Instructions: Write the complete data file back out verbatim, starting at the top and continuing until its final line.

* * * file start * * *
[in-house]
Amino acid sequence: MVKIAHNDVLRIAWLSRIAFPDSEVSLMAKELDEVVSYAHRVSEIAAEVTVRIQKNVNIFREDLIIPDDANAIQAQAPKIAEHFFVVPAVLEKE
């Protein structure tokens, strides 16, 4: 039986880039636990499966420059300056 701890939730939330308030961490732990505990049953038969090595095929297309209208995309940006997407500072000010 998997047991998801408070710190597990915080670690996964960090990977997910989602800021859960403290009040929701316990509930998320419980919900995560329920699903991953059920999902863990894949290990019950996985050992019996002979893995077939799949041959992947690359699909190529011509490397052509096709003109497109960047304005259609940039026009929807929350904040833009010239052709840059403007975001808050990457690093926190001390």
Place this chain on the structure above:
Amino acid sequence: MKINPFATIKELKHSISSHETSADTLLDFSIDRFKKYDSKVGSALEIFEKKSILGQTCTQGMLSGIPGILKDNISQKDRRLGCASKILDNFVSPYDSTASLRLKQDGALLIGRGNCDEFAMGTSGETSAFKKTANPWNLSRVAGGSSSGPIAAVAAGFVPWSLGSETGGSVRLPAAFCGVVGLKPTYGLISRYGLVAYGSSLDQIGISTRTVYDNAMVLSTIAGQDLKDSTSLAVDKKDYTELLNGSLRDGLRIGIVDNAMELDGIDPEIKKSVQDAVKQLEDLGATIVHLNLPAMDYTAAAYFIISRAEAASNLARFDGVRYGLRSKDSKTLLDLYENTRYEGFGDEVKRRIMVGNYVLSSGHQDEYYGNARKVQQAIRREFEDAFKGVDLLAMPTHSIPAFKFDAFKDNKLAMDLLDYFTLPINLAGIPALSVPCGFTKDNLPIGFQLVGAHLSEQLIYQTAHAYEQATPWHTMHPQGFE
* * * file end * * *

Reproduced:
[in-house]
Amino acid sequence: MVKIAHNDVLRIAWLSRIAFPDSEVSLMAKELDEVVSYAHRVSEIAAEVTVRIQKNVNIFREDLIIPDDANAIQAQAPKIAEHFFVVPAVLEKE
């Protein structure tokens, strides 16, 4: 039986880039636990499966420059300056 701890939730939330308030961490732990505990049953038969090595095929297309209208995309940006997407500072000010 998997047991998801408070710190597990915080670690996964960090990977997910989602800021859960403290009040929701316990509930998320419980919900995560329920699903991953059920999902863990894949290990019950996985050992019996002979893995077939799949041959992947690359699909190529011509490397052509096709003109497109960047304005259609940039026009929807929350904040833009010239052709840059403007975001808050990457690093926190001390």
Place this chain on the structure above:
Amino acid sequence: MKINPFATIKELKHSISSHETSADTLLDFSIDRFKKYDSKVGSALEIFEKKSILGQTCTQGMLSGIPGILKDNISQKDRRLGCASKILDNFVSPYDSTASLRLKQDGALLIGRGNCDEFAMGTSGETSAFKKTANPWNLSRVAGGSSSGPIAAVAAGFVPWSLGSETGGSVRLPAAFCGVVGLKPTYGLISRYGLVAYGSSLDQIGISTRTVYDNAMVLSTIAGQDLKDSTSLAVDKKDYTELLNGSLRDGLRIGIVDNAMELDGIDPEIKKSVQDAVKQLEDLGATIVHLNLPAMDYTAAAYFIISRAEAASNLARFDGVRYGLRSKDSKTLLDLYENTRYEGFGDEVKRRIMVGNYVLSSGHQDEYYGNARKVQQAIRREFEDAFKGVDLLAMPTHSIPAFKFDAFKDNKLAMDLLDYFTLPINLAGIPALSVPCGFTKDNLPIGFQLVGAHLSEQLIYQTAHAYEQATPWHTMHPQGFE